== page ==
A 10-year-old who set about raising £800 for a charity which cared for his late grandfather by walking 250 miles in March has smashed his target – raising over £3000.
Steffan Francis chose to walk the distance over the month in aid of Marie Curie, after they cared for his Taid, Graham Francis, in his final days at their Cardiff and the Vale Hospice in Penarth.
The UK’s leading end of life charity provides round the clock care and support at the hospice, with people across Wales living with a terminal illness also supported in their own homes, or via the Information and Support Line.
He chose 250 miles as that was the distance between Taid’s home in Cardiff and Walsingham, where the late priest would lead a pilgrimage to every year.
The Reverend Canon Graham Francis had travelled to the North Norfolk town, which features multiple religious shrines, every year for 40 years – sometimes on multiple occasions. He would lead the South Wales pilgrimage every summer.
Steffan’s mum, Nia, said: “Since the boys have been born, we have all gone every year, it was something we would all do as a family and as a church family, which was really lovely. My in-laws would go there several times a year, but as a family then we’d go during the first week of the summer holidays every year.
Last year would have been the first year without him, but because of lockdown it didn’t happen. I don’t think it’s going to happen again this year, which is tough, but we’re looking forward to being able to go back there.”
Graham was diagnosed with a rare form of cancer – peritoneal cancer, a stomach lining condition – in June 2017. An initial operation to remove the stomach proved unsuccessful, though Nia says her father-in-law surpassed an initial prognosis.
“We were quite lucky he was able to be home right until the end, but he did go downhill quite fast in the end – which we knew would happen,” she said.
“He lived for just over 2 years. And he was pretty good, right until the December before. He had gone downhill spirit wise, but he was still going to church every day – as a priest, church was a huge part of his life, and all of ours.”
On New Year’s Eve 2019 – Graham and wife Eleri’s wedding anniversary – he was admitted to the Bridgeman Road hospice – where Nia says the family was given such a warm welcome.
“The hospice were incredible, we spent pretty much most of the next few days there, they were really welcoming and they had family rooms for us to go to when the staff needed to come and do whatever they needed to do, move him or whatever, then the boys would go to watch films in the TV room.
“Everybody was lovely with them, we were really thankful for the support, it was a real warm and friendly place – until you’ve been there and experienced it you just don’t realise.
“All three of our boys were so close to their Taid, and so being there at the end was important for them as well, and he was really good until the last day, able to talk to them and they’d send messages and video clips, and he would laugh and he was very with it.
“But on the last day, he went downhill very quickly so they did come to see him, but didn’t stay long on that day. It was all quite quick in the end, which was a blessing for him.
“His faith carried him through completely, we were very fortunate that right at the end his close friends from the church came and did his last rites, and he faded away while we were all there at the bedside with the final prayers. That was quite an incredible moment.”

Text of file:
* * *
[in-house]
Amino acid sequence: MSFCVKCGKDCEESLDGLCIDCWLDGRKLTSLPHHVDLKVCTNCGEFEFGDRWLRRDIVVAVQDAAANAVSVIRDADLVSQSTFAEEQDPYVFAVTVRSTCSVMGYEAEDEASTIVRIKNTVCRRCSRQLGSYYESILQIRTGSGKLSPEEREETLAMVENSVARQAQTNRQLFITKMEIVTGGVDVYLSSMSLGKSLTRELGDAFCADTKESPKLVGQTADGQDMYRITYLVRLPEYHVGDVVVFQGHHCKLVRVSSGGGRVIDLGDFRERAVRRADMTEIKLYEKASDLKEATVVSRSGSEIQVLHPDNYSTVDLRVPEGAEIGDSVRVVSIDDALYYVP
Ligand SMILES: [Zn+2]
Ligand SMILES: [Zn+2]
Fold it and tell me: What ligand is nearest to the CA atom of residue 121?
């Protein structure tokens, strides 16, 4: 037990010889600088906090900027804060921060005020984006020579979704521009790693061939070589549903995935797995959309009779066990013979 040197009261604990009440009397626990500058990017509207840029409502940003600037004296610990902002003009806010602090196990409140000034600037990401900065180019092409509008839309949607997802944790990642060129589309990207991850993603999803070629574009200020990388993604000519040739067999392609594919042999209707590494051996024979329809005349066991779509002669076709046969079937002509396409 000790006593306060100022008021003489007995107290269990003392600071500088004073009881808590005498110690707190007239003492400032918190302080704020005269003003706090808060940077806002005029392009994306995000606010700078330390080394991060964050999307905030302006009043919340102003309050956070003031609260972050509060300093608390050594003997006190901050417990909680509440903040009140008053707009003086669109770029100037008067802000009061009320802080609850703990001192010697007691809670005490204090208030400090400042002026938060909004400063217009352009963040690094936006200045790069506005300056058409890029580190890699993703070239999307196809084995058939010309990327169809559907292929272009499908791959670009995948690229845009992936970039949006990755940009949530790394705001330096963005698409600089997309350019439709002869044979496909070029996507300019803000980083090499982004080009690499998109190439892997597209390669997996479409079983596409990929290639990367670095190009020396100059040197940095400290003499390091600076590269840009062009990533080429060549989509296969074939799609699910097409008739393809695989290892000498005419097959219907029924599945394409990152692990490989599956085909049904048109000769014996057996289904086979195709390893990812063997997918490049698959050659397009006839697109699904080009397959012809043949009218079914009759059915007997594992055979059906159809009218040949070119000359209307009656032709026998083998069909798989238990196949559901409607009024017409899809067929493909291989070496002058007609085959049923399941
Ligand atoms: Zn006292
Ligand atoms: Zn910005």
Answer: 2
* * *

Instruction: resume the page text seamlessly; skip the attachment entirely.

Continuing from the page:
Nia, of Coity, Bridgend, added that being unable to see the church family over the past year has been difficult, especially because the children enjoy it so much, but said the fundraiser had given Steffan a focus and a goal. He had planned to raise £800 for the charity, to cover 2 of the 4 days of his Taid’s care at the hospice. He is now at more than £3,000 on his Just Giving page.
A raffle, drawn on the last day of his challenge, has also raised £700.
“It’s been a tough time so it got to a point when trying to get dressed in the morning was difficult, but this has been a really positive end to the lockdown period. The money he has raised had been amazing and when he initially set the target, we said anything is better than nothing. He’s very thoughtful, he’s very kind, and he was Taid’s boy definitely,” added Nia.
“He always says that because he’s the youngest, that it isn’t fair that he didn’t have as much time with Taid, but we always remind him that Taid would refer to him as “the newest one”. He did have almost 10 years with him, and they had a special time together, quality time together.”
On his Just Giving page, Steffan says: “I am trying to raise money for Marie Curie after everything they have done for my Taid. I want to show how much I appreciate everything Marie Curie did to make him feel safe and comfortable at the end of his days. And I want to thank them for lots of things.
“At the end of his days he went to the Marie Curie hospice in Penarth and they were very welcoming and looked after him very well. That is why I want to raise money to thank them and help other people in the same situation.”
Steffan’s dad, and Graham’s son Illtyd and his sister Catrin are both signed up to the charity’s trek to Patagonia, which Marie Curie hopes will go ahead next year after an initial postponement due to coronavirus.
If you can support Steffan, visit https://www.justgiving.com/fundraising/Steffan-Francis10